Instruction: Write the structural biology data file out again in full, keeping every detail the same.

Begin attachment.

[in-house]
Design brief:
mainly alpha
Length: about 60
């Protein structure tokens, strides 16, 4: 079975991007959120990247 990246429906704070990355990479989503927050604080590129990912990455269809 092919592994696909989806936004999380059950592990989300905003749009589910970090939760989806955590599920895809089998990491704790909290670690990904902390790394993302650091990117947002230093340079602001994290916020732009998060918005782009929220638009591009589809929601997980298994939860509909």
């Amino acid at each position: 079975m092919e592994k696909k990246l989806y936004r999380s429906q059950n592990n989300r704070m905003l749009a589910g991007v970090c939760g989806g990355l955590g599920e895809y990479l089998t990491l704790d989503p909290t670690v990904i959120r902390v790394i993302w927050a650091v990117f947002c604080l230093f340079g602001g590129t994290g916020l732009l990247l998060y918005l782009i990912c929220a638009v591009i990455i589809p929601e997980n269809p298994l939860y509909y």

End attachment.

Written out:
[in-house]
Design brief:
mainly alpha
Length: about 60
């Protein structure tokens, strides 16, 4: 079975991007959120990247 990246429906704070990355990479989503927050604080590129990912990455269809 092919592994696909989806936004999380059950592990989300905003749009589910970090939760989806955590599920895809089998990491704790909290670690990904902390790394993302650091990117947002230093340079602001994290916020732009998060918005782009929220638009591009589809929601997980298994939860509909």
């Amino acid at each position: 079975m092919e592994k696909k990246l989806y936004r999380s429906q059950n592990n989300r704070m905003l749009a589910g991007v970090c939760g989806g990355l955590g599920e895809y990479l089998t990491l704790d989503p909290t670690v990904i959120r902390v790394i993302w927050a650091v990117f947002c604080l230093f340079g602001g590129t994290g916020l732009l990247l998060y918005l782009i990912c929220a638009v591009i990455i589809p929601e997980n269809p298994l939860y509909y």